GOLOVIN — Nothing looks quite right in the low part of Golovin.
Not the homes, not the land or roads, and not the water still pooled up like brackish ponds in people’s yards. When the floodwaters finally receded from last weekend’s powerful storm, it left this village of 150 choked by debris: mud and muck mixed with spilled diesel and sewage, driftwood and stumps, building material stripped off homes by the wind or dashed to pieces by days of pounding waves.
Sand is now everywhere. Sand shorn from the coastline and redeposited in the worst of places: inside houses, burying outbuildings, choking the engines of idled snowmachines and four-wheelers buried to their handlebars. Sand drifted everywhere like blizzard snow that will never in a million years melt.
Even in the best of cases, things won’t be fixed back up for a long time.
Golovin was hurt more than any other place in the region by the remnants of typhoon Merbok as it swirled up through Bering Sea. Houses moved hundreds of feet from their perches. Subsistence equipment disappeared or was destroyed. Shipping containers, boats and old fuel tanks were jostled around and remain stuck where they shouldn’t be, tipped at odd angles. Family camps and cabins were obliterated.
Of Golovin’s 64 homes, 22 were badly damaged, seven of them likely not salvageable, according to a local damage assessment last week. Others that endured structurally are ruined on the inside, with every meaningful possession contaminated by floodwater.
“It’s not livable right now,” said Celeste Menadelook, describing her family’s home.
A new mother, Menadelook and her husband are sleeping in her small office at the town’s tribal building with their 4-month-old daughter while their house is torn down to the studs, its flooring, insulation and drywall ripped out and hauled to the dump. Gone too are items that can’t be replaced, from a laptop full of family photos to handmade fur hats and mitts for winter.
“My parki that my aana made. Things that were passed down. Our appliances. Everything has to go. Our washer, dryer, refrigerator, our bedding, our cabinets, our couches. Everything has to go because it smells like sewer in the house,” Menadelook said.
Supplies are flowing to Golovin in an effort to help. Charity is pouring in. Menadelook soothed her infant Wednesday beside folding tables laden with donations that kept arriving throughout the day.
In the days and weeks ahead, charity and relief will keep arriving to Golovin and other Western Alaska communities contending with widespread wreckage. While that aid blunts some of the immediate hardship, it is no replacement for all that is lost, residents say. Especially with the clock ticking on winter’s arrival.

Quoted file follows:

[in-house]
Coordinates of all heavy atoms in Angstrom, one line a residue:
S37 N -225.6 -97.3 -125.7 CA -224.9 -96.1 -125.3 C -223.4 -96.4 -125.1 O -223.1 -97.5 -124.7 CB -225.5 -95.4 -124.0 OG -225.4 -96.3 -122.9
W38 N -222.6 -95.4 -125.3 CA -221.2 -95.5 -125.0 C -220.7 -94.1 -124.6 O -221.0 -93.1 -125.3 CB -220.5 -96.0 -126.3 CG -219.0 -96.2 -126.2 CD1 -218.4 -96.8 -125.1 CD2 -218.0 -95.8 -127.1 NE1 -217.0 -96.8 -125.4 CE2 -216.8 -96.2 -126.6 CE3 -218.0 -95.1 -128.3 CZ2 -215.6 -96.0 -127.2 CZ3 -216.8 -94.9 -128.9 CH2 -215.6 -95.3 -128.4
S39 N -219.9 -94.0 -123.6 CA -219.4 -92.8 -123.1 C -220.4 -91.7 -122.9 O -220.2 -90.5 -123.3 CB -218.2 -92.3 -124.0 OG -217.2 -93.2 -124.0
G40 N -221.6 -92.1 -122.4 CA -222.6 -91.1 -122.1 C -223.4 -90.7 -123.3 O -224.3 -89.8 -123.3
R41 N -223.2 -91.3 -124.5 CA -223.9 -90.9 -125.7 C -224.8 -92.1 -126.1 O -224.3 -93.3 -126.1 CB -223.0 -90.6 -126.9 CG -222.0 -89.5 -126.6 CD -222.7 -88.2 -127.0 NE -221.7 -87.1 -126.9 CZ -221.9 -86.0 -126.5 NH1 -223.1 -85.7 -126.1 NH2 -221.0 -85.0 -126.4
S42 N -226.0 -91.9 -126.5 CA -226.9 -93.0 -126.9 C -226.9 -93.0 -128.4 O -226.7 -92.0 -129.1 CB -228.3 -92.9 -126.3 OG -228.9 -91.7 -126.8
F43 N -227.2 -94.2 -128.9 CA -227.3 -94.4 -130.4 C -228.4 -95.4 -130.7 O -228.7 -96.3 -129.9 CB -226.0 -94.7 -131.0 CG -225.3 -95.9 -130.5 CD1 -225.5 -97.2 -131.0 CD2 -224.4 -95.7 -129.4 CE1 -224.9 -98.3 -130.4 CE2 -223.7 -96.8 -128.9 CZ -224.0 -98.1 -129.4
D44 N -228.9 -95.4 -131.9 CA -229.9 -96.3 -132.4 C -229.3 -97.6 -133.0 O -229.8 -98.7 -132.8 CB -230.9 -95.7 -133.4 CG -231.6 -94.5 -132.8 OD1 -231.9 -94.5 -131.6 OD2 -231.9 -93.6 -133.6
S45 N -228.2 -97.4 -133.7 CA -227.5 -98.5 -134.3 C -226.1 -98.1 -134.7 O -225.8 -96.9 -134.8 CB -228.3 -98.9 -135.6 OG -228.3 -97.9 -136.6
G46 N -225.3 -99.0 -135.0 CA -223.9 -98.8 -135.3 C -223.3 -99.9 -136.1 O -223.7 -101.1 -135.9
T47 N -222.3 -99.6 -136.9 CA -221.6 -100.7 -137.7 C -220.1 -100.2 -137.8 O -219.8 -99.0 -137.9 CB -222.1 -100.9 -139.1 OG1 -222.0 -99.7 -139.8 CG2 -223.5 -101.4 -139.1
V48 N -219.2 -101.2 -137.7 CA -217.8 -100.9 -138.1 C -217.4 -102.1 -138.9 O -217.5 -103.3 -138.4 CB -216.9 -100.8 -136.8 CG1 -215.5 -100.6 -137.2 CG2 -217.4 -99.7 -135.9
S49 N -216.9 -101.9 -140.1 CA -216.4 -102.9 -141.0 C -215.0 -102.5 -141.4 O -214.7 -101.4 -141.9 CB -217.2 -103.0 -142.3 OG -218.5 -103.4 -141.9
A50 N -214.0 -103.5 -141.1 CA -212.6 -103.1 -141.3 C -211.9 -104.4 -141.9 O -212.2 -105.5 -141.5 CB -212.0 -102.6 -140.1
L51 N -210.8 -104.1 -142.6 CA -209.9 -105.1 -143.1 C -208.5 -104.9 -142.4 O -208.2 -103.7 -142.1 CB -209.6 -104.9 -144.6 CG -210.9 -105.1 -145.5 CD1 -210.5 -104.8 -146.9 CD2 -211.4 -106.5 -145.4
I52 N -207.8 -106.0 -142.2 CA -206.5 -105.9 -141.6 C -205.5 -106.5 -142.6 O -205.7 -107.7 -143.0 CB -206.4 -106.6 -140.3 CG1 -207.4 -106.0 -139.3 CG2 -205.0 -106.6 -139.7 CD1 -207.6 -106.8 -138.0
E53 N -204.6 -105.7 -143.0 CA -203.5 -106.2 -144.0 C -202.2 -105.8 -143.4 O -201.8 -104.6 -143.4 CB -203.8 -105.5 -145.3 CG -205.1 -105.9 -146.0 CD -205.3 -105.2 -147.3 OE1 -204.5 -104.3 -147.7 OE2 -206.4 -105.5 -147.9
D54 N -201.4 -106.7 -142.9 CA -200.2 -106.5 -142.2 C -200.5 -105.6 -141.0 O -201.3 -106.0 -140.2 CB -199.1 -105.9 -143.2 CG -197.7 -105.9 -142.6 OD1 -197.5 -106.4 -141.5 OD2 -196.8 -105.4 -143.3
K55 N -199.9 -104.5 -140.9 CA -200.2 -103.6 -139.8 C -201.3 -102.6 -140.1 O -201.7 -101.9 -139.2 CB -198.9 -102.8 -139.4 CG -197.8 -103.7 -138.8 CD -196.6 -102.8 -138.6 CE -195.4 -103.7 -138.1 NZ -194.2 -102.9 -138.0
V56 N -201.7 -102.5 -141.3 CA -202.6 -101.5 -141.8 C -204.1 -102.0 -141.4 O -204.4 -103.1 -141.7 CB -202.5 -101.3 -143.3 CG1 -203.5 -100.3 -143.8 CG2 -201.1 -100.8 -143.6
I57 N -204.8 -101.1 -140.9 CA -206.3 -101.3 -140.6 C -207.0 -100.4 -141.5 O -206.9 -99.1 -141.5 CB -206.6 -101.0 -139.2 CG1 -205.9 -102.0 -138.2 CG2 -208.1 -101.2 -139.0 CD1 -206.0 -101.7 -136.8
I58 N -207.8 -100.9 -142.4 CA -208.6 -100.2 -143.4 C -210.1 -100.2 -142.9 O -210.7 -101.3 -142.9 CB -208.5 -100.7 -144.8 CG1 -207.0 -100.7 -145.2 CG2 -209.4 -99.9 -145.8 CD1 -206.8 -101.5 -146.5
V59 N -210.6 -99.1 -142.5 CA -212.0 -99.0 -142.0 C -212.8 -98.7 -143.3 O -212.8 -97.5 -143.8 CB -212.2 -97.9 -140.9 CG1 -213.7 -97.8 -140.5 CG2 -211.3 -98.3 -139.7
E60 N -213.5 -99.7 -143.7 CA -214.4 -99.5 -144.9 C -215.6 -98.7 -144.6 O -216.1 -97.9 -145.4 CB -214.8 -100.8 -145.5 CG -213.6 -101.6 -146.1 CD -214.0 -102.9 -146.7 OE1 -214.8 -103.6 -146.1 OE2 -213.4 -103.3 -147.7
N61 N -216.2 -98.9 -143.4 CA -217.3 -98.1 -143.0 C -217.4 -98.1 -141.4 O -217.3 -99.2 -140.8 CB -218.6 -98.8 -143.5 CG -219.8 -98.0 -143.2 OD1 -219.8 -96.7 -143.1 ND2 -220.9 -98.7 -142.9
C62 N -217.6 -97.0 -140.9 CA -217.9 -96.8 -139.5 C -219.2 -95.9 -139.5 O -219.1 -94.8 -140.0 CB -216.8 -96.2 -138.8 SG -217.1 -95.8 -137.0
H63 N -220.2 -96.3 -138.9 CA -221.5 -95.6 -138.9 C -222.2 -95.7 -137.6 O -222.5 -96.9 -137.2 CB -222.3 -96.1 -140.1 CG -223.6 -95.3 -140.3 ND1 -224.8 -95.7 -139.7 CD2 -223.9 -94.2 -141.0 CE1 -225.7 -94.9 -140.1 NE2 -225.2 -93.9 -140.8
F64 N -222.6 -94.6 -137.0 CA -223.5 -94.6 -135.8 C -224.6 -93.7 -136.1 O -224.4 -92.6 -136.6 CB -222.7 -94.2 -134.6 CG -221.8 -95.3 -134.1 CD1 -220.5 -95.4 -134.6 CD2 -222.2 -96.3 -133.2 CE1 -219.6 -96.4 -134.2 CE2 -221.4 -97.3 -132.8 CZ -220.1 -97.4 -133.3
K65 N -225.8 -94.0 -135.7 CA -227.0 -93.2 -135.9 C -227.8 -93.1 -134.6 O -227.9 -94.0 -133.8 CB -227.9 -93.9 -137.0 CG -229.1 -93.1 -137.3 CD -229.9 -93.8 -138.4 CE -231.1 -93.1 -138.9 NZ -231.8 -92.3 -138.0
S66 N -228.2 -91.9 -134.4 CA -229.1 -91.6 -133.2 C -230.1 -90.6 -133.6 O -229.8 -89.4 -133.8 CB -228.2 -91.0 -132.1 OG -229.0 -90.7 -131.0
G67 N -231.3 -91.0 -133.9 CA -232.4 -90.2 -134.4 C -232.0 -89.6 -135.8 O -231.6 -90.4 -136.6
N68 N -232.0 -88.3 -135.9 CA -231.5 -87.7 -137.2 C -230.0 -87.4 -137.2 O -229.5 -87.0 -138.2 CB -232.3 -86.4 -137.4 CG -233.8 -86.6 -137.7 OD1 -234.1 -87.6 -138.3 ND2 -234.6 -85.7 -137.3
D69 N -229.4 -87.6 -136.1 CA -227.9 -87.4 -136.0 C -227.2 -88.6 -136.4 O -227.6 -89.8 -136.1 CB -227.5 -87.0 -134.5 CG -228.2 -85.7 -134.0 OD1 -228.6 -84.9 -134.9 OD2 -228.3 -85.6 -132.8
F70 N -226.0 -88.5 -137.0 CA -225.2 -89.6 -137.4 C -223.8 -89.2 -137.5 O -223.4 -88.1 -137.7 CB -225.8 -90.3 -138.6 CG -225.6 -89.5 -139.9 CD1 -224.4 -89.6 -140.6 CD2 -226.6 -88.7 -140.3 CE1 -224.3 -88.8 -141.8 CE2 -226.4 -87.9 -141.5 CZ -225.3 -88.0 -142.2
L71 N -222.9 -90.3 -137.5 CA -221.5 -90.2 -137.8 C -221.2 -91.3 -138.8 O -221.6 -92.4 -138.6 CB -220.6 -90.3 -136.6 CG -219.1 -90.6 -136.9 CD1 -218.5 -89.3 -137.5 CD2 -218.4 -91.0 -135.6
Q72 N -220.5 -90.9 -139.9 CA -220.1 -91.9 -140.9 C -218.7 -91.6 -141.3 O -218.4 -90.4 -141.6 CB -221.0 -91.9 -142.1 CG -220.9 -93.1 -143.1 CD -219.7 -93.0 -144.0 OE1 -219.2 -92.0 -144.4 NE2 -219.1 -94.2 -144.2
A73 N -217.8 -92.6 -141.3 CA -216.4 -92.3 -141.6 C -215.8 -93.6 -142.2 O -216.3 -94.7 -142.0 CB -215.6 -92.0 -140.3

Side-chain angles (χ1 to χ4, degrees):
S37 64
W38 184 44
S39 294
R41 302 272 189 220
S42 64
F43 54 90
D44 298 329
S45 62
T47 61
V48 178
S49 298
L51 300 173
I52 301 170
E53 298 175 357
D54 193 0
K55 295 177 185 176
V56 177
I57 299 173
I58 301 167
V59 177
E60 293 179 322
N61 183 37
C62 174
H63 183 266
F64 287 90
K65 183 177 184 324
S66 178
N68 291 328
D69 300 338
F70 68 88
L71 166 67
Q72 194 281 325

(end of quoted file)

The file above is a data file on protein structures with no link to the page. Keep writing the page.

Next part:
‘Other people care’
Donny Olson, state senator for the region and Golovin resident, looked like he’d been on the losing end of a bar fight, sporting a gnarly black eye as he rushed around repairing electrical wiring in the airplane hangar attached to his house.
“What happened was this,” Olson said, standing by a doorway in his home, the first floor of which had been thoroughly buried under sand.
As he raced to protect the house from the storm surge’s rising water, he darted outside, timing his sprint to evade the rolling waves.
“I withstood the wave, but I wasn’t ready for the back,” Olson said. “When it hit the wall it came right back on me and threw me into one of these four-by-fours.”
Somehow, he still managed to get four young children evacuated from the property and up the hill to the tribal building as the storm water rose. It was one of several dramatic rescues, including an elder who was moved out of his home to safety in the bucket of a front-end loader.
The cleanup work at the Olson house, like many, is immense. Eight volunteers came by to help shovel out all the sand. With the school closed for a week during recovery, local teachers were chipping in like a roving labor corps, with work crews sent in by the school district to repair teacher housing, which was also damaged. Olson and his wife, Willow, got a hand piling up all the saturated possessions from their first floor out in the airplane hangar, and were waiting to see what could maybe be saved.
“The city has opened the washeteria for use, so I’m gonna start hauling stuff over there,” Willow said. She estimated they had about 50 loads worth, though most of it is probably a lost cause.
Willow Olson was one of the many Bush residents who shared dramatic photos of the storm and its havoc to social media in real time when there was power and network coverage to do so. The images helped draw attention from all over the state and beyond to just how intense the storm was. And in its aftermath that awareness, according to Olson, has helped conjure an array of support, from messages of solidarity to tangibles like food, supplies, labor.
“That has helped because it lets me know that other people care. They’re listening and they’re trying to respond in whatever way possible,” she said.
By midweek, those contributions were accumulating and more manpower was materializing.